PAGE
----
Oprah Back in Court on ‘Own Your Power’ Slogan


     MANHATTAN (CN) — Urging the Second Circuit to revive trademark claims against Oprah, an attorney for a motivational speaker complained that he needs time to depose tennis champion Serena Williams.
     Though Winfrey advised Williams on her television show to “own her own power,” attorney Robert Levy said truncated discovery kept him from deposing Williams on behalf of his client, Simone Kelly-Brown.
     Levy made the argument in closing remarks today before the Second Circuit, which he hopes will revive Kelly-Brown’s trademark-infringement suit against Winfrey.
     The popular talk-show host has been locked in litigation with Kelly-Brown since she used the “Own Your Power” on the October 2010 cover of O Magazine, highlighting an article about her annual “power list.”
     Winfrey also used “Own Your Power” as the title of a panel discussion with some of the power players coroneted in 2010, including journalist Diane Sawyer, designer Vera Wang and actress Julia Roberts.
     Kelly-Brown noted that she had registered the phrase to promote her “personal brand of self-awareness and motivational communications services nationally,” and today’s hearing marks the second time she has urged the Second Circuit to revive her case.
     Representing Winfrey for Hearst, attorney Jonathan Donnellan told the three-judge panel that the First Amendment shields Winfrey’s use of “Own Your Power,” since the phrase is editorial and descriptive.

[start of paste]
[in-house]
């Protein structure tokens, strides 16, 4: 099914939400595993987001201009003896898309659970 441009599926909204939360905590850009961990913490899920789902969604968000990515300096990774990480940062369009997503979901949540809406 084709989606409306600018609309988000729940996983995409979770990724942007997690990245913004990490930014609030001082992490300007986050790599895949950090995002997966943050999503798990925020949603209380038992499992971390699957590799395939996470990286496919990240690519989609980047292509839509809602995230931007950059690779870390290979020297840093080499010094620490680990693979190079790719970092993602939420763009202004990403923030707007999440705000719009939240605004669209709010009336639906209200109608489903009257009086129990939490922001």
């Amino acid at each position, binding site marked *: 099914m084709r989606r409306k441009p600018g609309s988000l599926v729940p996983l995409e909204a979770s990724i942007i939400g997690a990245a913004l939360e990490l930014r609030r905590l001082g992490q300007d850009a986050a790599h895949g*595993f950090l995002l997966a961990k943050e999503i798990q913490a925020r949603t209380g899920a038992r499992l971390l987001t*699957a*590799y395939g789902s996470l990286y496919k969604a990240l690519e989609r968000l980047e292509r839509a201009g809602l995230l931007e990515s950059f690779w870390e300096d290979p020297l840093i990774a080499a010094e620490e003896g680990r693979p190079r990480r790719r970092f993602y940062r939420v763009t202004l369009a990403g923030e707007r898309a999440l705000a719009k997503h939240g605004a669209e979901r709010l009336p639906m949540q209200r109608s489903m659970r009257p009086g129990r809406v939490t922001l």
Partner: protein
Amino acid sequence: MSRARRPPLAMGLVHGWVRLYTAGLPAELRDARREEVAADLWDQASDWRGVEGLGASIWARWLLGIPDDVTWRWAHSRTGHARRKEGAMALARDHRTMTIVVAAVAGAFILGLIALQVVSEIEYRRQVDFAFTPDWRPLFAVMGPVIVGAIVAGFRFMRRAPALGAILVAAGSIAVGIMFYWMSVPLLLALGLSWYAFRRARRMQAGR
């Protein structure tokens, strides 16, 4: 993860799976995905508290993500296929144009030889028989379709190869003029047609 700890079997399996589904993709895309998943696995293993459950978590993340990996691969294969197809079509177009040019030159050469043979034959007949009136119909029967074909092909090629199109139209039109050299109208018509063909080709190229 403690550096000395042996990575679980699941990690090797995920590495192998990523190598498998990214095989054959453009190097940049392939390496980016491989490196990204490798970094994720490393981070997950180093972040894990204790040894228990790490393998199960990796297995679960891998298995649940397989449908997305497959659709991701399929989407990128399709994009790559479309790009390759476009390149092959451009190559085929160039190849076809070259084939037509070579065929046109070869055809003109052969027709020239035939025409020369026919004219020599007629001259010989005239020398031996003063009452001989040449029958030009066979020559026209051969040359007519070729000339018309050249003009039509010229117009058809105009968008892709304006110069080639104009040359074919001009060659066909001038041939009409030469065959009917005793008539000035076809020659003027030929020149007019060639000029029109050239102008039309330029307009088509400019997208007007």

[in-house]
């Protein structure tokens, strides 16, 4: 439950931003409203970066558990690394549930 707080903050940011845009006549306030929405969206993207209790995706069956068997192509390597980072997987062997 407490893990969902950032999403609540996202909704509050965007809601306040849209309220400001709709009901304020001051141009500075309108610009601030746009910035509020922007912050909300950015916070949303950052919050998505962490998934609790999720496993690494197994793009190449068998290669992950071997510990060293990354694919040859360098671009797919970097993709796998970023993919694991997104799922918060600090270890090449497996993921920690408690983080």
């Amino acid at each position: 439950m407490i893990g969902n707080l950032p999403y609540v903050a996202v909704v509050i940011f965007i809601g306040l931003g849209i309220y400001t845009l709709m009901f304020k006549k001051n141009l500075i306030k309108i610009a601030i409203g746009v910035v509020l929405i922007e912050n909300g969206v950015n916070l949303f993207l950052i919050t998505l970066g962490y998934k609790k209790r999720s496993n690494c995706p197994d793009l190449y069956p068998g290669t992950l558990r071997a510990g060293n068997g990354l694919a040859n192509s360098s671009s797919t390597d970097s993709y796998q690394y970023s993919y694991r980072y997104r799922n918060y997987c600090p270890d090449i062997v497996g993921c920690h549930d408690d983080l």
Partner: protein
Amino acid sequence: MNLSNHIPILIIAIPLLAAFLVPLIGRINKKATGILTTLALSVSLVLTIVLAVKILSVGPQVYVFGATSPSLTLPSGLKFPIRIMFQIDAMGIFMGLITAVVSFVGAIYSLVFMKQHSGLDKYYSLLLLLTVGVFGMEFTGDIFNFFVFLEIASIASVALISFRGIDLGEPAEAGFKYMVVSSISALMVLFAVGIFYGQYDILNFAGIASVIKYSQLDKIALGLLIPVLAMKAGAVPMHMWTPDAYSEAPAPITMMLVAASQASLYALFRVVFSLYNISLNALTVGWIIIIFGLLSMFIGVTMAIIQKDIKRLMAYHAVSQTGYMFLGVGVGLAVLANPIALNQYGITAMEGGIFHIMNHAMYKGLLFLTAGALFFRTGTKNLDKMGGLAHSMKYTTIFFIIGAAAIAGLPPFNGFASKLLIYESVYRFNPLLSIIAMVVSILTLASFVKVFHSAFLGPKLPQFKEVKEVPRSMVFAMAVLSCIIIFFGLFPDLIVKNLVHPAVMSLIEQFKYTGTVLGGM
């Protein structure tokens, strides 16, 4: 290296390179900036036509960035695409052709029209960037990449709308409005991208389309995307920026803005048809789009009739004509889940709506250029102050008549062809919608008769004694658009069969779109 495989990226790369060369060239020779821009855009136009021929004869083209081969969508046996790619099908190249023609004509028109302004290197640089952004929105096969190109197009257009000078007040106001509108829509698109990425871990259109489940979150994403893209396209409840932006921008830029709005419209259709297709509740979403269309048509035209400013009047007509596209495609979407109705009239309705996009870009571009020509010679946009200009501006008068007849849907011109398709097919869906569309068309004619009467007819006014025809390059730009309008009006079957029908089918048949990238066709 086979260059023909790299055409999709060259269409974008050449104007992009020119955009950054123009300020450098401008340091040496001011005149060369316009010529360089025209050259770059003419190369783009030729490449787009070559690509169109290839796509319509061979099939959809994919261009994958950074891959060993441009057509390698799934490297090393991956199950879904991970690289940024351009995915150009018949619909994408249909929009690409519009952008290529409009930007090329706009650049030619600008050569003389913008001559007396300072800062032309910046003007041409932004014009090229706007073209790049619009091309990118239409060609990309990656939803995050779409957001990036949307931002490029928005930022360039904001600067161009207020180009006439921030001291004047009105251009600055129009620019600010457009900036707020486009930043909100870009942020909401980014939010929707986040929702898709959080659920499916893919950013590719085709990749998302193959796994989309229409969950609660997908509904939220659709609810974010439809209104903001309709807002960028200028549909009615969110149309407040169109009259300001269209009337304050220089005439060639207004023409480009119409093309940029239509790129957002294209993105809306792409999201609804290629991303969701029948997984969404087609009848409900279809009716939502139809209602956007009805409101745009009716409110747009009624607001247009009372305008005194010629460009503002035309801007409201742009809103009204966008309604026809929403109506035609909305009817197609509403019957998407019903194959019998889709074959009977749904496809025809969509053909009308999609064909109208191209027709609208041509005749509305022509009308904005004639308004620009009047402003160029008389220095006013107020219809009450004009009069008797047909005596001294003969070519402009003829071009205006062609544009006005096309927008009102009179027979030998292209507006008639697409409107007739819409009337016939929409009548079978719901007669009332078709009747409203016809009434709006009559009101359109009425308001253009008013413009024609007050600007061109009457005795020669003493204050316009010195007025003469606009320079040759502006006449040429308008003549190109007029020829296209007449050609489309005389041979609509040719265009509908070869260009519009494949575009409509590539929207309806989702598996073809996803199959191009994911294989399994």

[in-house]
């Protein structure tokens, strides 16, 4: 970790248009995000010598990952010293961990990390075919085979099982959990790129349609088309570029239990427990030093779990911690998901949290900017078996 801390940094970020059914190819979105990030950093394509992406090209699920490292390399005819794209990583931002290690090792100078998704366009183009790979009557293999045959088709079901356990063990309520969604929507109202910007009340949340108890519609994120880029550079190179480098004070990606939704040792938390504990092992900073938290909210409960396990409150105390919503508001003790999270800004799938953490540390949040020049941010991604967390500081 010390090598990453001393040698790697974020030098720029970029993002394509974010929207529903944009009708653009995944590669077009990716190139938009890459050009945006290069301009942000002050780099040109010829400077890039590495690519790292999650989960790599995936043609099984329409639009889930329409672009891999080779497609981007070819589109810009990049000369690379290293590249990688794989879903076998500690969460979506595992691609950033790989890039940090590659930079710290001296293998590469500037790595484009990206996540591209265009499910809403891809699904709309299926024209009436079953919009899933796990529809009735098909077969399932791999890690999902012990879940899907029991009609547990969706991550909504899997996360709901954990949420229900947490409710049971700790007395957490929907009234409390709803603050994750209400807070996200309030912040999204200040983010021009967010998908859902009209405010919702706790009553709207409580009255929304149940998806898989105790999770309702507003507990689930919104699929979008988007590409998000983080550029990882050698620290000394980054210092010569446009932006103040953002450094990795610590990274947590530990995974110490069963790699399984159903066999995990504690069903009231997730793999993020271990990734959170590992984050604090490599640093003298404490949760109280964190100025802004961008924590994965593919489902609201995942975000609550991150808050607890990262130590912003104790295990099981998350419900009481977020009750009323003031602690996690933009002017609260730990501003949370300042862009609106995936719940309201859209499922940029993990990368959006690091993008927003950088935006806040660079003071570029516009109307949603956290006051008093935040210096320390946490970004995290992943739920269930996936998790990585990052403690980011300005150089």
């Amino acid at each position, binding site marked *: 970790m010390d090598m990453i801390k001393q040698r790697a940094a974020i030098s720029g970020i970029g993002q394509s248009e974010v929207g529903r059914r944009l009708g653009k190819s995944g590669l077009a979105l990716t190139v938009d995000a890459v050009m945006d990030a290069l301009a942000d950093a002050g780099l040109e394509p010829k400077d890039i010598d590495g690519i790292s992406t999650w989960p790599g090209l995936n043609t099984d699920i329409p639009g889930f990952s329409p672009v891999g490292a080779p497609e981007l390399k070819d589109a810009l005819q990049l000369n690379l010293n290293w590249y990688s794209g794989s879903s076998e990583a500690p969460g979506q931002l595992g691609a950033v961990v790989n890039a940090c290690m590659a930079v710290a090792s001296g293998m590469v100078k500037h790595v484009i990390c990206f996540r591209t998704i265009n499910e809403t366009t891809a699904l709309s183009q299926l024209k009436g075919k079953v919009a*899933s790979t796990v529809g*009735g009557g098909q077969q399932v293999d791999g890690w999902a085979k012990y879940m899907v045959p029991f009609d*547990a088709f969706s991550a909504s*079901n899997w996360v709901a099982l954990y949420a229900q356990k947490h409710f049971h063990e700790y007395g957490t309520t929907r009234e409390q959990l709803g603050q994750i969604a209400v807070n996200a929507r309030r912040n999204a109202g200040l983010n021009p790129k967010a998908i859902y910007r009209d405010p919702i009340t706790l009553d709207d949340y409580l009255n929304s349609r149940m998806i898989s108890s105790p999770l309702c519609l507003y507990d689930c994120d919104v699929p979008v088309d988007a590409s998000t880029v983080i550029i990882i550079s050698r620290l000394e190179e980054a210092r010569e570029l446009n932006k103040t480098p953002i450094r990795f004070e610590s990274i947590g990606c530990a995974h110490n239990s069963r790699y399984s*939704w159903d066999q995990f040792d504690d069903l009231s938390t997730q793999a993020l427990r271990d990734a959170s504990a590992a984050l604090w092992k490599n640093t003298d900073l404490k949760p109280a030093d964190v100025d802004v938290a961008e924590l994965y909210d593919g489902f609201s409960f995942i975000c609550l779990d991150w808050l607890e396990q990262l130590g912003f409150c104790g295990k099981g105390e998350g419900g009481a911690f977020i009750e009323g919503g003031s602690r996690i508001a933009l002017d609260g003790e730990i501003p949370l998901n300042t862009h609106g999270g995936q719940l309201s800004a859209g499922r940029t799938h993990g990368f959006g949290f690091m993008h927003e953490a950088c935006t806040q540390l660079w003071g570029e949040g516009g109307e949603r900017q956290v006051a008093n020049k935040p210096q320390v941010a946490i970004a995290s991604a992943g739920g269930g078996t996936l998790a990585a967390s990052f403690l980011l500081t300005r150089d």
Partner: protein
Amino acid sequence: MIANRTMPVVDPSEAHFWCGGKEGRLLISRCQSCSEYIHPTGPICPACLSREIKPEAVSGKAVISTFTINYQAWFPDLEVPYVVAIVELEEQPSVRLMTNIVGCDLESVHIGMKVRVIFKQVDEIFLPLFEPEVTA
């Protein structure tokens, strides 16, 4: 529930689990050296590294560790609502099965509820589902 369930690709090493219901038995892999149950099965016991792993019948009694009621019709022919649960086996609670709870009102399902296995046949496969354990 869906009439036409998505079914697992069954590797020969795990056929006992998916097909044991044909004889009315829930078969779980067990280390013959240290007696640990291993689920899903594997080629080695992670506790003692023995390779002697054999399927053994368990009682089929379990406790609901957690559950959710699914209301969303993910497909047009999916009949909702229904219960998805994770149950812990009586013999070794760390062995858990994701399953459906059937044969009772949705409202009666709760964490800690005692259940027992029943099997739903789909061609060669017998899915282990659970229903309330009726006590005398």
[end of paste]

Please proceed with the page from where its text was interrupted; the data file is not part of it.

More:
Winfrey use of the phrase even dates back to 1981, including a 1993 commencement speech at Spellman College.
     Citing expert testimony and three unrebutted surveys, Donnellan emphasized that there is no evidence of the likelihood of confusion, which he called the “central issue in trademark.”
     Kelly-Brown’s attorney Levy argued on rebuttal that emails showed Kelly-Brown’s business associates were confused about the phrase.
     But Winfrey’s attorneys wrote in a September 2015 brief that such “evidence would be de minimis as a matter of law.”
     Donnellan called it “arbitrary” when Patricia Lawrence-Kolaras, another attorney for Kelly-Brown, brought up a Lanham Act case involving Crest toothpaste.
     Donnellan said the Crest case established that “the only protectable part is the color and the font.”
     Levy urged the court to let him investigate Winfrey’s finances, as well as depose Serena Williams.     
     The Second Circuit panel featured Judges Debra Ann Livingston, Denny Chin and Susan Carney.

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